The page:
Medicare Part A

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Medicare Part A

When you begin Original Medicare, you are enrolled into Medicare Part A automatically. Part A is one of the 3 parts of Medicare and is you hospital insurance. 

The following are the Top 6 benefits of Medicare Part A:

  1. Inpatient hospital care
  2. Long-term hospital care
  3. Inpatient rehab
  4. Home health care
  5. Skilled nursing facility care (SNL)
  6. Hospice care

Medicare Part A Eligibility

Not everyone is eligible for Medicare Part A. Your eligibility will be based on one of the following:

  • You must be age 65 or older
  • Eligible to receive Social Security
  • Eligible to receive Railroad Retirement Board Benefits

Medicare Part A Benefits

The following is a breakdown of your Medicare Part A benefits. It shows you what Medicare pays. You are responsible for the remaining costs unless you have a Medicare Supplement plan to cover these expenses.


Skilled Nursing Facility Care*


Hospice Care

  • Services Medicare Pays
*When your Medicare Part A hospital benefits are exhausted, the Medicare Supplement insurer will stand in place of Medicare. Your Medigap plan will pay whatever amount Medicare would pay for up to the 365 days as provided in your policy’s Core Benefits. During this time the hospital is prohibited from billing you for the balance based on any difference between its billed charges and the amount Medicare would have paid.

Parts A and B Benefits

Both Part A and Part B benefits help cover the costs of home health care – Medicare approved services. 

Below is a breakdown of benefits. It shows you what Medicare pays. You are responsible for the remaining costs unless you have a Medicare Supplement plan to cover these expenses.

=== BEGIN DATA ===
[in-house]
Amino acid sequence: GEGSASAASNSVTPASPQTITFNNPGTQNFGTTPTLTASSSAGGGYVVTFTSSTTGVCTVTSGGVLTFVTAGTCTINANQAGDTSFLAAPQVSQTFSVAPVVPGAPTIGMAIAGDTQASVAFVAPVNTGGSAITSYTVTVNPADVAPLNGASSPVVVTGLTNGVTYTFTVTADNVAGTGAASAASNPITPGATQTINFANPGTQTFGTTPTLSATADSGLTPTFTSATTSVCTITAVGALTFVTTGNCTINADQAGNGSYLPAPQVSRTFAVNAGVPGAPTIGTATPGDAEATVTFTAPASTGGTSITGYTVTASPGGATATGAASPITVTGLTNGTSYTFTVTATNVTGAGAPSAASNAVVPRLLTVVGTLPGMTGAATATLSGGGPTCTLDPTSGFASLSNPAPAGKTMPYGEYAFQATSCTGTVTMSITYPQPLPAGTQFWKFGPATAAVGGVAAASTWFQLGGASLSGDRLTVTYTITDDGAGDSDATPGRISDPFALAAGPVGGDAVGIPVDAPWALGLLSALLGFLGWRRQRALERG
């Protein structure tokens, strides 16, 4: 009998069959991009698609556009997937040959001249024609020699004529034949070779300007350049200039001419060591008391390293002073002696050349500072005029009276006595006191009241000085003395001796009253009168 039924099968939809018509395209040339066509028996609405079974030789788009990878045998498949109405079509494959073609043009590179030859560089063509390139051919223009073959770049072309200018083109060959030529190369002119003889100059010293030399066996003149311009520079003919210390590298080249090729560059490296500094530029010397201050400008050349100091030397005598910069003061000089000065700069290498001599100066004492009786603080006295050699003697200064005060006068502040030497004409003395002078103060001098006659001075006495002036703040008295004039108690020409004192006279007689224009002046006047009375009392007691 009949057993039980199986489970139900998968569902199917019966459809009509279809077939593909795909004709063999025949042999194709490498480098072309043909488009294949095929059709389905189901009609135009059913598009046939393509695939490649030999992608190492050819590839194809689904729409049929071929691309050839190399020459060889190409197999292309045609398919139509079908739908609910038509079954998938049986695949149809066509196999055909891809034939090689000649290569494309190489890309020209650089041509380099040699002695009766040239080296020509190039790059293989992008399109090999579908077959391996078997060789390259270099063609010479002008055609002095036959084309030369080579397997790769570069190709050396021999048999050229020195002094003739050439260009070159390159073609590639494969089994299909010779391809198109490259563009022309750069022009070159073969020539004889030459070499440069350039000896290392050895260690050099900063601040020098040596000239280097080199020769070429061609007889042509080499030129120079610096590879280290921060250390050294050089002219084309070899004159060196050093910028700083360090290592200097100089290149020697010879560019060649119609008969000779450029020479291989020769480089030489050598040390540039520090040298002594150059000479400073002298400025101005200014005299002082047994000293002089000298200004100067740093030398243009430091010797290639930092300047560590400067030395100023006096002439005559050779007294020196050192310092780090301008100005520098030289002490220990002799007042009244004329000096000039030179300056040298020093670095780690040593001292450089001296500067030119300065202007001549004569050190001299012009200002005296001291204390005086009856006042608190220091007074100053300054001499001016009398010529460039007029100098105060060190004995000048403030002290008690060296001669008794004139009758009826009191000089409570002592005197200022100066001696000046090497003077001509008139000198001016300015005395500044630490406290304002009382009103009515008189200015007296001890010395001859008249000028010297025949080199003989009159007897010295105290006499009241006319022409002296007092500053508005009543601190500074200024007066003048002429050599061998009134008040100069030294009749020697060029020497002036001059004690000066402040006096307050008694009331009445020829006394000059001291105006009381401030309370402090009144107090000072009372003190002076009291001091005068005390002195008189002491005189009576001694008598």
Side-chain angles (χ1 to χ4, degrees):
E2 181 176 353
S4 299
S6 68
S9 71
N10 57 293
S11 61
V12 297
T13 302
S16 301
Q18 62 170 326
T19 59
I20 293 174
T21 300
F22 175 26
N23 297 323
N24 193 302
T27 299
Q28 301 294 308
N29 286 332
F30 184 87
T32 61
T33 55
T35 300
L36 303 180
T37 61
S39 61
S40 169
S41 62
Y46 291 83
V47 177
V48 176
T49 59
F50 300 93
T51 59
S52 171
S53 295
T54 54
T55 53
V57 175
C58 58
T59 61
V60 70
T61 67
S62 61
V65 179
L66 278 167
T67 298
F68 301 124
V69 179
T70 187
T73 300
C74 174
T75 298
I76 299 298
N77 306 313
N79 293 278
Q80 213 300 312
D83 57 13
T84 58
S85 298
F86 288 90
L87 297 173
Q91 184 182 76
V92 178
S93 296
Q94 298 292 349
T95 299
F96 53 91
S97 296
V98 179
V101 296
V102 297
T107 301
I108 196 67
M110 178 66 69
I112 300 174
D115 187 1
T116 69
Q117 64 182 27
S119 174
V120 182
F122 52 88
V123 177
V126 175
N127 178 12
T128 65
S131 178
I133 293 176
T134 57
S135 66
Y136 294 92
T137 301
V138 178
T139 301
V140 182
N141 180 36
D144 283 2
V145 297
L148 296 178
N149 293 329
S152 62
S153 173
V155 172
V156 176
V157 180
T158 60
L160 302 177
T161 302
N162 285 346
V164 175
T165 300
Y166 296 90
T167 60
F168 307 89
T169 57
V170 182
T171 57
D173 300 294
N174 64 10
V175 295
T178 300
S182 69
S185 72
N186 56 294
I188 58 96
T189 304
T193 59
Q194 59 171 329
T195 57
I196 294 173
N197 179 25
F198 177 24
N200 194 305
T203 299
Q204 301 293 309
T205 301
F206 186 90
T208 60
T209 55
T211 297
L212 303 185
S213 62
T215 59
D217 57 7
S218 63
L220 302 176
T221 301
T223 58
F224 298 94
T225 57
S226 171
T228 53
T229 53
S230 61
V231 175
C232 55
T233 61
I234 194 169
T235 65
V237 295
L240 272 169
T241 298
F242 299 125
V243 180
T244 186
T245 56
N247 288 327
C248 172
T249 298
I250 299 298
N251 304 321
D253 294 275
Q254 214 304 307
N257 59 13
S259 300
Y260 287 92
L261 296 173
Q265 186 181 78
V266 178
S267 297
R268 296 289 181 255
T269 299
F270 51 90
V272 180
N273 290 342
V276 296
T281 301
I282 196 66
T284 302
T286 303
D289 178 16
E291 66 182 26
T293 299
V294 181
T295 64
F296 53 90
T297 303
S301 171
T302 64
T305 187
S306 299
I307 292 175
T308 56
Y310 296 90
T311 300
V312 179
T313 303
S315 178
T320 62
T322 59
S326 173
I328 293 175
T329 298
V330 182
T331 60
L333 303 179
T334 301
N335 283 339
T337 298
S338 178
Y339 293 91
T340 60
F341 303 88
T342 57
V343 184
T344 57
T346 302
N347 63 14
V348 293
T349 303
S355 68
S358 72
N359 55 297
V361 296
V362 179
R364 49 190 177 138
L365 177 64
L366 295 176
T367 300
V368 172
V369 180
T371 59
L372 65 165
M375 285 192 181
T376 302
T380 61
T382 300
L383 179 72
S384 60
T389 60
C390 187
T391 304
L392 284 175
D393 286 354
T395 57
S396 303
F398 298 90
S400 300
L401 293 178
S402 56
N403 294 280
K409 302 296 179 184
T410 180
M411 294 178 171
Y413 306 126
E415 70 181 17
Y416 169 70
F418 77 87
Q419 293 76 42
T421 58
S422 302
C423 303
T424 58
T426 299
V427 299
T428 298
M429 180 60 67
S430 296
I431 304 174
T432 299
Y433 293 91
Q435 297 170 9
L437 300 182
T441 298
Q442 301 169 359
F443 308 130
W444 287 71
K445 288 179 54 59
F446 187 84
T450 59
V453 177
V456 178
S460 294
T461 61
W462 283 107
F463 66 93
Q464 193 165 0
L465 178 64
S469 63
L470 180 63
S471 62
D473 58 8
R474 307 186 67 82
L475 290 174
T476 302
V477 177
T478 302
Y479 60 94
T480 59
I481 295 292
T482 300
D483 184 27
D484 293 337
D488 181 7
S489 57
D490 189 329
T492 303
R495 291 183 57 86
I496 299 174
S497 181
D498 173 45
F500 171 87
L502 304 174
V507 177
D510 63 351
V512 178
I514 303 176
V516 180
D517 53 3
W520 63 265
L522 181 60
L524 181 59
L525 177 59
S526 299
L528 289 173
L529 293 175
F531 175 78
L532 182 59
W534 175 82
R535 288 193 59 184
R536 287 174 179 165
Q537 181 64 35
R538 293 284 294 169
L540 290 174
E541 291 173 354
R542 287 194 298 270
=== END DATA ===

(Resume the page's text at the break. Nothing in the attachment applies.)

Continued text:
When can I enroll in Medicare Part A?

When someone receives benefits from Social Security, they are enrolled into Original Medicare automatically. You will not have to apply separately to get Part A. 3 months before you turn age 65, you should receive your Medicare card in the mail. If you qualify for Medicare due to disability, you should get your card on your 25th month of your disability.

What if I’m still working and don’t receive Social Security?

medicare part a

If you don’t receive Social Security benefits at age 65, you’ll have to sign up for your Medicare Part A by visiting the official Medicare website.

If you are not receiving Social Security income benefits (for example, if you are working) when you turn 65, then you will need to actively sign up for Medicare Part A. If you’re needing to apply for your Medicare Part A, you’ll have to visit the Social Security website or call them directly at 800-772-1213.

Medicare Part A Premium

Most people will not have a Medicare Part A premium if they’ve worked for 10 years or 40 quarters. If you have not worked for 40 quarters or 10 years, you can still pay for Part A. 

The reason that most people don’t have a Part A premium us that most people have been paying Medicare taxes throughout their working years. Your taxes were used make up for the costs of Part A when you start Medicare.

Having said that, Medicare will not start paying your hospital costs until you have paid your annual deductible.

Medicare Help

Would you like expert help with any of your Medicare insurance needs? We’re here to help you from start to finish. Call our insurance experts at (888) 411-1329 for your FREE Medicare consultation!

  • Get free quotes sent to your email
  • Compare costs of Medigap plans
  • Estimate your cost savings
  • Get help with your enrollment